To let something go we have to fully own it first. It’s very tempting to skip this step. We tend to prefer to let things go a.s.a.p. so that we have to deal with it as little as possible. It’s slimy and we just want to throw it back into the pond, that kind of thing.
This is not how things work.
In this post I want to explore a deeper reason why we tend to avoid our pain, one that has nothing to do with the experience itself. Rather, it has to do with how we inteprete “bad things that happen to us”. Depending on our upbringing, personal beliefs and cultural surroundings, we may have been exposed to any or all of the following “traps” on the path of letting go. These are all painful misinterpretations of why “bad things happen” that make letting go nearly impossible. There are many people preaching these beliefs, so even if we think we’re not affected by them, they may still have a bigger grip on us than we’d like to admit. There are many variations of these beliefs, yet what they all share it that they are simplistic versions of complex life theories. The fact that they are downsized and oversimplified just means that they have been able to go viral much better than the more truthful philosophies from which they originated.
If we go down the inner-fundamentalist track, then we’ll feel guilty, make everything our fault and get stuck that way. This can show up as feeling that we have to apologize all the time for who we are and what we do. We feel like we have to ask for forgiveness for every little mistake we make. There is a deep belief here that bad things happen to us because we are not good enough. It seems like God is chronically upset about our bad behaviour and looking for ways to “correct” us through disciplinary and painful measures. In this perspective we are all sinners, the fact that we are human makes us wrong-by-nature.
Law of Attraction -the simple version
If we go the “modern spiritual route” then guilt-tripping can easily happen too. Unfortunately, a lot of “law of attraction” material is just a rehashing of fundamentalist “guilt thinking”: that crap happened because you had too many negative thoughts, shame on you! Since many of us are already imprinted with stories about how Adam and Eve got kicked out of paradise (you don’t need to believe it to be impacted by that big cultural building block!) something inside of us will tend to nod it’s head. Yep, we’re doomed, that “makes sense”!
Karma Karma Karma Karma Karma Chameleon
Karma can be another one of those “shame on you” belief-systems. “You had bad things happen to you because you deserved it, you did the same to someone else in a past life!!!”. Ah, if only things were that simple. With simplistic karma-thinking, it’s tempting to just surrender to your fate…and give up. It also gives us plenty of fodder to judge others and assume that, when tragedy befalls us, we’re being punished. Saying that “someone deserves their fate” has nothing to do with spirituality and everything to do with dictatorship. It stimulates victimhood. It stops people from looking for solutions.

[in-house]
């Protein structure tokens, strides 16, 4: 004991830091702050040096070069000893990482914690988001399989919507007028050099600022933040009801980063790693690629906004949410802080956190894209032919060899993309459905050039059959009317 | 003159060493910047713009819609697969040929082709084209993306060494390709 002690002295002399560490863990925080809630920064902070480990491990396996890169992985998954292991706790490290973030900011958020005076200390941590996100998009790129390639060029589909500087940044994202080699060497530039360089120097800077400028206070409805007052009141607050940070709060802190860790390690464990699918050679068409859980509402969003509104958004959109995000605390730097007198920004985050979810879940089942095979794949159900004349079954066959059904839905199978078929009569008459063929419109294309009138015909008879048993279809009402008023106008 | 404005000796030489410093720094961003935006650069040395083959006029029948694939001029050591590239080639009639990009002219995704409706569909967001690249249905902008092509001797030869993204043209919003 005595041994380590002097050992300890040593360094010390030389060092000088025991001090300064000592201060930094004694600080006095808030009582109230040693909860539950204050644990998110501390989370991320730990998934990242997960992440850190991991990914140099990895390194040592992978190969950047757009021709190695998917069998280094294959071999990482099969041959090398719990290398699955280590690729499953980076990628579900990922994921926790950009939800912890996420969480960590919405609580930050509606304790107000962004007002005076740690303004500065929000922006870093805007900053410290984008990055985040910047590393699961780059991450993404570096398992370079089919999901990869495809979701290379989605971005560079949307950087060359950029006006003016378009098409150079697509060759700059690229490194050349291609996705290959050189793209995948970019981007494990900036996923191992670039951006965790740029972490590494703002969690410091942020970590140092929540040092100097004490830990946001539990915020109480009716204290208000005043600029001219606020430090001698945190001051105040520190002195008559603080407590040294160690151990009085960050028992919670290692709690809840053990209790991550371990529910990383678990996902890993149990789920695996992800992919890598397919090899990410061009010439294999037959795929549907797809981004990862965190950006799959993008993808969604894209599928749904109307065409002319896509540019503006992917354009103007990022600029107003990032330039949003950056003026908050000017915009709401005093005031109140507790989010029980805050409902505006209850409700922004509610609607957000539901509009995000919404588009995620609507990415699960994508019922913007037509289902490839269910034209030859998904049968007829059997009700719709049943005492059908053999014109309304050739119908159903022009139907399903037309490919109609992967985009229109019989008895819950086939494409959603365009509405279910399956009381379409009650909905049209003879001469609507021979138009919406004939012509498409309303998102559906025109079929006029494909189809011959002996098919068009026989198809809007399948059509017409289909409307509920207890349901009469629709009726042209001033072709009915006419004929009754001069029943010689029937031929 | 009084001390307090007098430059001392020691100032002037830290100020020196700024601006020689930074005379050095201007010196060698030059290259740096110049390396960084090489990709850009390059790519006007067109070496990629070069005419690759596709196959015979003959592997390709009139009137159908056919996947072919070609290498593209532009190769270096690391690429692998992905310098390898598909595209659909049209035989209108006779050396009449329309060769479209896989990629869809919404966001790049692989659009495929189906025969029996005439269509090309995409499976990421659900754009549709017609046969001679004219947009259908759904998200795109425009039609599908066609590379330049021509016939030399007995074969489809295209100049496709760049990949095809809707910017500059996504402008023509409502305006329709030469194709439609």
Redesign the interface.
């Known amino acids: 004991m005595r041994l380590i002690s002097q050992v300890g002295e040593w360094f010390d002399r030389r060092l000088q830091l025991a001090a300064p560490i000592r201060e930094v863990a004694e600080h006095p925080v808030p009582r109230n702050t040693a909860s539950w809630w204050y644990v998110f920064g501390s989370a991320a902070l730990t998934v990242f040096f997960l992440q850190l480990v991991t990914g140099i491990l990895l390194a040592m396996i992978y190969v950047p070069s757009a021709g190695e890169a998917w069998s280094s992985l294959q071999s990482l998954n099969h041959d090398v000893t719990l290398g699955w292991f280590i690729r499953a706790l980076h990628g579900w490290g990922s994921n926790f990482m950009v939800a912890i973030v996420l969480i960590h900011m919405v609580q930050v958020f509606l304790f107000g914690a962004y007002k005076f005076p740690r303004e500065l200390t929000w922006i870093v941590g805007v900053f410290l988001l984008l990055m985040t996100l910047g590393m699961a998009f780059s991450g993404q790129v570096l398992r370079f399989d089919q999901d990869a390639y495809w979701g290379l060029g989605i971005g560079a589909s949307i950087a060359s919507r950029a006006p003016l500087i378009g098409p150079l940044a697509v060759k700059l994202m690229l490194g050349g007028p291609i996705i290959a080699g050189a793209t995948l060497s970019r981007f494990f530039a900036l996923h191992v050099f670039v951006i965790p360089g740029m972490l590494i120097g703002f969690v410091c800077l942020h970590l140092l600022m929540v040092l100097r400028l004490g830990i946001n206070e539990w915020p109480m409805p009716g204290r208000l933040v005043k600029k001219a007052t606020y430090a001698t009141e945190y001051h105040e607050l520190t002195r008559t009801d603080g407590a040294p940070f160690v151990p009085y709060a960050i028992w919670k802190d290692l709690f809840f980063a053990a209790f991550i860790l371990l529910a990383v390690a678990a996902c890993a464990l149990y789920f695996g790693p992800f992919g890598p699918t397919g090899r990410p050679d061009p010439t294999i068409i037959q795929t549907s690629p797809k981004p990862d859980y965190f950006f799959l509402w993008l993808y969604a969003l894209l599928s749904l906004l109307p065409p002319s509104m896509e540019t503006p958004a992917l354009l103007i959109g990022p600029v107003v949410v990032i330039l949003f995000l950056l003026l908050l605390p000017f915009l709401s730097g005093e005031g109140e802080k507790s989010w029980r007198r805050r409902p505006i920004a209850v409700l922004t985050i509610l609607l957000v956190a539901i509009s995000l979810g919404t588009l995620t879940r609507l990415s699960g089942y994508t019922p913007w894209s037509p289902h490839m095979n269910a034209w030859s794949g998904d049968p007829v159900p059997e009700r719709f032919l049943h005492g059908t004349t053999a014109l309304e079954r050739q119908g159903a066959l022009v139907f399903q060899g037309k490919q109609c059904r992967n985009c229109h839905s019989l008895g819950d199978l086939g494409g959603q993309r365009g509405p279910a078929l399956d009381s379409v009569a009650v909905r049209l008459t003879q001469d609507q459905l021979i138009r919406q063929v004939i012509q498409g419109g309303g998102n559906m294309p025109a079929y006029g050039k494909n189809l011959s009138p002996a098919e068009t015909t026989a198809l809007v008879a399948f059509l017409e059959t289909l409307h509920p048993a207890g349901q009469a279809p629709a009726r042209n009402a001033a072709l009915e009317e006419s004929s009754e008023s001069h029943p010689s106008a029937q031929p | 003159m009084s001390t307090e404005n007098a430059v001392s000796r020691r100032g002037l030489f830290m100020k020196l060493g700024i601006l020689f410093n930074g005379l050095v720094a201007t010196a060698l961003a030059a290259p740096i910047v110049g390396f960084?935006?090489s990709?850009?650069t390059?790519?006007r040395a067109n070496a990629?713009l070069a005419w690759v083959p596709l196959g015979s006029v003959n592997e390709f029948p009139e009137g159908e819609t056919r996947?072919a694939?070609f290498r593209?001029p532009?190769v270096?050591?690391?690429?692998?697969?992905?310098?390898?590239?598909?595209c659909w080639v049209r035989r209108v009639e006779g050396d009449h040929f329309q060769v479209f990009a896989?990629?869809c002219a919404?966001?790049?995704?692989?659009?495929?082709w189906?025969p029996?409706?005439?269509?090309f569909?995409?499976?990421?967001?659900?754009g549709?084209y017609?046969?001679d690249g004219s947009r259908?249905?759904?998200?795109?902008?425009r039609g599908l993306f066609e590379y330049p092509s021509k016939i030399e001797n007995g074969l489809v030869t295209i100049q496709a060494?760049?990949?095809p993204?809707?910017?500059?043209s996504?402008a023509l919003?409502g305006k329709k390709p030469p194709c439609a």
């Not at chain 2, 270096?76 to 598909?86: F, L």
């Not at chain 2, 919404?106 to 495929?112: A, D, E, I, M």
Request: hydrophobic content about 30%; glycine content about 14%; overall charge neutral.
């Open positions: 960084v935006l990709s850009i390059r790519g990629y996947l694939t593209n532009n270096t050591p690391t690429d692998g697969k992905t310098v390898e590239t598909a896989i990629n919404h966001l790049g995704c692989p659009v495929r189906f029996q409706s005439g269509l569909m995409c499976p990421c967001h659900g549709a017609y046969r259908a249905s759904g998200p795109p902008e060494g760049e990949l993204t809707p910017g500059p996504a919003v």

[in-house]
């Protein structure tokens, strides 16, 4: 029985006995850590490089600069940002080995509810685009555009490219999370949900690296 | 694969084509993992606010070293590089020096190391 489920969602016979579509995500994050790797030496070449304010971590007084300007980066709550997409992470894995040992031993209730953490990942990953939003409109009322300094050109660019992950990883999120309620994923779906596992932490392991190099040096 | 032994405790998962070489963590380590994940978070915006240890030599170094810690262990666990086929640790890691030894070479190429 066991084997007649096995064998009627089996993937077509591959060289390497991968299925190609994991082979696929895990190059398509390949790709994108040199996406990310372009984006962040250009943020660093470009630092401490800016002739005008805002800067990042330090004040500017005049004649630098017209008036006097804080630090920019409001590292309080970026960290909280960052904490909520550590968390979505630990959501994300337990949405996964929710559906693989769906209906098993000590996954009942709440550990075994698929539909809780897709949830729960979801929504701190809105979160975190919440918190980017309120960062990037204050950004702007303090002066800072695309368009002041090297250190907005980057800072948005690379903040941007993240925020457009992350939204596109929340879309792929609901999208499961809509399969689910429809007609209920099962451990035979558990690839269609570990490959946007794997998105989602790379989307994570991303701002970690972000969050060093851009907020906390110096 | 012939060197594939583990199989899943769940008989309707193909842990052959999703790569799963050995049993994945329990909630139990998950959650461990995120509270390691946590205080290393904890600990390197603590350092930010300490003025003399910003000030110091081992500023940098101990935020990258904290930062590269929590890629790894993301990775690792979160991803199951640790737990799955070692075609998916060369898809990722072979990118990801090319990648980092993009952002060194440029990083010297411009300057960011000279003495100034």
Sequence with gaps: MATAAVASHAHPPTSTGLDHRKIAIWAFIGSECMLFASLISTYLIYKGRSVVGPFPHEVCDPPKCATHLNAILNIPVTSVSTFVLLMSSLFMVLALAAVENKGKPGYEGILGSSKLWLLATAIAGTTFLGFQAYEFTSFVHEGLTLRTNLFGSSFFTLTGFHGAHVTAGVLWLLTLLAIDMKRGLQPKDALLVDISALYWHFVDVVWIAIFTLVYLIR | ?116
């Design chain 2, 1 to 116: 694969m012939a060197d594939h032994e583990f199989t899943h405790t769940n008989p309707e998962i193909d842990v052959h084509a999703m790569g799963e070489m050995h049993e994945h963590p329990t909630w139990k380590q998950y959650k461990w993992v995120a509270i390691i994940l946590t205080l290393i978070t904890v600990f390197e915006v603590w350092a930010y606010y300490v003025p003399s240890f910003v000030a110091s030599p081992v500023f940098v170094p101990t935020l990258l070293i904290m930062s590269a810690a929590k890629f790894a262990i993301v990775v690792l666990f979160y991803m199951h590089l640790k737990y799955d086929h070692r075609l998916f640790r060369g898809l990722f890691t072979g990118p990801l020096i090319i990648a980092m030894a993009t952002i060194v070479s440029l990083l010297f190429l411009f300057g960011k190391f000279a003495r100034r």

The concept of ‘soul-decisions’ is another place we can get stuck. If we “choose” our own life experiences before incarnating, then we don’t have the “right” to feel hurt, do we? Plus, what kind of stupid person are we to make ourself suffer so much?? We must really hate ourself! Or maybe our soul knows something important about us that we’ve forgotten, like how we don’t really deserve good things!
What it all boils down to is guilt, guilt, guilt and more guilt. In the context of letting go, guilt is the sticky tape that keeps us completely stuck. When we believe in the guilt, we’ll actually find ways to punish ourselves. Nothing good ever came of that.
Let’s Do Some Rewiring On That, Shall We?
Soul Decision Here’s the thing, whatever did or didn’t happen before birth, it’s near impossible to imagine what that space of decision-making would truly be like. After all, right now, we’re in the middle of living our life! If the soul-decision perspective calls to you, then try this on for size: trust that there is a purpose behind current events. Don’t assume that you know all that there is to know about them or that they were “perfectly orchestrated”. We do have free will and so do the people in our lives. We are responsible for our actions here and now regardless of what may or may not have been “decided upon” beforehand. This also means we have some decision power and the ability to change the course of our life, no matter how “set in stone” it may seem to be.